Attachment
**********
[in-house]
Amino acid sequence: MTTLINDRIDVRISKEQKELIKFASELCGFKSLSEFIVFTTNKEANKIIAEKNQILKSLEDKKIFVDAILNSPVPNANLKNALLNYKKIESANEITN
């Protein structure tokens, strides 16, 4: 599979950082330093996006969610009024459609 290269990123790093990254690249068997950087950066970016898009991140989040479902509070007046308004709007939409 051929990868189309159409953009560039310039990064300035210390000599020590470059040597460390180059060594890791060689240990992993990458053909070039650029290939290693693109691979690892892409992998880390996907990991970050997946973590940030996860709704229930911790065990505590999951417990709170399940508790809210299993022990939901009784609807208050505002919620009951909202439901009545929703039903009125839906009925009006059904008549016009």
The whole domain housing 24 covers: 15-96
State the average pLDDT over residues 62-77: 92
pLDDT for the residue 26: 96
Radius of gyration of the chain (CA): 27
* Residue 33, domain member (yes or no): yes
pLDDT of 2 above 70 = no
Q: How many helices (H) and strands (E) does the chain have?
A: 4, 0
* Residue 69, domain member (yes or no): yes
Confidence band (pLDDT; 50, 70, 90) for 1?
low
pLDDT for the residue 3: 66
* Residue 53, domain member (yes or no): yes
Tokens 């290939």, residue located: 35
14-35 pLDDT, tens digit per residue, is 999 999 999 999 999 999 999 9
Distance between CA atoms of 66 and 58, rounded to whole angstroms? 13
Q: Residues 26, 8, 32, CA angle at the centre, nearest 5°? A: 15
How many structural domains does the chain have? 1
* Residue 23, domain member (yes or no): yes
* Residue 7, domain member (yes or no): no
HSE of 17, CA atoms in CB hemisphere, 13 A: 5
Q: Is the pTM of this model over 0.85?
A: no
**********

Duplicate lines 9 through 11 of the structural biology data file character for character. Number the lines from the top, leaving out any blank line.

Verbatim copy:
pLDDT of 2 above 70 = no
Q: How many helices (H) and strands (E) does the chain have?
A: 4, 0